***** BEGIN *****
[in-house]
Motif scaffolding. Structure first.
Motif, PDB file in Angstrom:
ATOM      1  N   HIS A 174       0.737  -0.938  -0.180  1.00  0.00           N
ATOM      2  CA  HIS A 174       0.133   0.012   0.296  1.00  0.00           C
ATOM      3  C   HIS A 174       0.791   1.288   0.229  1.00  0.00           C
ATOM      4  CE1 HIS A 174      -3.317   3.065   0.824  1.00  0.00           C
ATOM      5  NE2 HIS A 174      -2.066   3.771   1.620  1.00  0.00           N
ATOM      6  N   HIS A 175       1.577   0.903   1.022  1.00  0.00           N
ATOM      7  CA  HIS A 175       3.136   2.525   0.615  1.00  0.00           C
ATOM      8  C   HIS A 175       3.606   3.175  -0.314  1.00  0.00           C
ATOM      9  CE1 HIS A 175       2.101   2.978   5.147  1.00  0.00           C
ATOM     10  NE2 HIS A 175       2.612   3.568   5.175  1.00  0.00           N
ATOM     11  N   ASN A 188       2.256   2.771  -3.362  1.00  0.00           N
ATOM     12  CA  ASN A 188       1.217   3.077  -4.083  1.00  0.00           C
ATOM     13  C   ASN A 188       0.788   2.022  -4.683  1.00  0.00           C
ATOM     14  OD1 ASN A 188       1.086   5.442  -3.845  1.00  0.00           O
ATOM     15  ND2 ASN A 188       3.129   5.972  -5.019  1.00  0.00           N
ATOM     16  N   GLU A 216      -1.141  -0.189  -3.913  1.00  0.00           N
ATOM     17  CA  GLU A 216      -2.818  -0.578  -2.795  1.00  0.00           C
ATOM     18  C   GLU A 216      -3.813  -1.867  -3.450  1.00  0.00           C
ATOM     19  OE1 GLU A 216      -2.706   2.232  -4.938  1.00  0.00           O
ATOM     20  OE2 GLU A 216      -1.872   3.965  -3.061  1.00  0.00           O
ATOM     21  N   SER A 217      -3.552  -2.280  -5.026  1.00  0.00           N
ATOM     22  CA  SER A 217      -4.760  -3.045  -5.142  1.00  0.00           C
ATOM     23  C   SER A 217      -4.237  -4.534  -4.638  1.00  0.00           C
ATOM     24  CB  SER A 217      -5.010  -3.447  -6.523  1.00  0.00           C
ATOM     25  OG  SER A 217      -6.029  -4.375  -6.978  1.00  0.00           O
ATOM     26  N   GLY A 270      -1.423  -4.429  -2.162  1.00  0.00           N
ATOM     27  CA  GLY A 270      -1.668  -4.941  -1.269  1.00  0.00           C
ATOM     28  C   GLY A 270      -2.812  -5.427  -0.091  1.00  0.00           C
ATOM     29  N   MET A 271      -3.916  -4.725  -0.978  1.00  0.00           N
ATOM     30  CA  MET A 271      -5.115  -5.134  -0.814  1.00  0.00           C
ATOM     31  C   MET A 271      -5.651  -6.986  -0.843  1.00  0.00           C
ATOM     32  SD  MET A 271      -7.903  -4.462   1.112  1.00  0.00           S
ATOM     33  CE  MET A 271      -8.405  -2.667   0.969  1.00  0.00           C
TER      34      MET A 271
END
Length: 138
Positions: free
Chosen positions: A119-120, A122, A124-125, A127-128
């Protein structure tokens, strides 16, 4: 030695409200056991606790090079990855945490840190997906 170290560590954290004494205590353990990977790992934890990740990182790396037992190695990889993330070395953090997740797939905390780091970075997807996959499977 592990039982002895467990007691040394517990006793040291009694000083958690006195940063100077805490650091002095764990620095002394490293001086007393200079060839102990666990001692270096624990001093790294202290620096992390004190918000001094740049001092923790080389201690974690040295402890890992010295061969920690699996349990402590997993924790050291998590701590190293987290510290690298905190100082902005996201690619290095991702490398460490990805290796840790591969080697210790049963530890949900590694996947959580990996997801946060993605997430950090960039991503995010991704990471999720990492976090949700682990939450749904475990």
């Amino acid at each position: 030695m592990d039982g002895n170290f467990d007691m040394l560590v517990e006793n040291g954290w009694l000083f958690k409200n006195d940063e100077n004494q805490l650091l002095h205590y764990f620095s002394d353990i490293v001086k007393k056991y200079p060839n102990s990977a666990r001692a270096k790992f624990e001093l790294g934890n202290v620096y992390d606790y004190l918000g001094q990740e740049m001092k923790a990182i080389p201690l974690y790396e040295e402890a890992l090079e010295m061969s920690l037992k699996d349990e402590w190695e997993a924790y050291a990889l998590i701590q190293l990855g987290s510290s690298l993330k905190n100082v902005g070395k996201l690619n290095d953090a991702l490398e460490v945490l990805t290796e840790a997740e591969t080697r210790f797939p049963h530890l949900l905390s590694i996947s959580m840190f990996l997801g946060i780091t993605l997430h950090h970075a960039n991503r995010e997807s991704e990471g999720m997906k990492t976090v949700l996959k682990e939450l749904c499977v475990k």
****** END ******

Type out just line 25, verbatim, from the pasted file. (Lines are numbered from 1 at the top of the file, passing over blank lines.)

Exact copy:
ATOM     22  CA  SER A 217      -4.760  -3.045  -5.142  1.00  0.00           C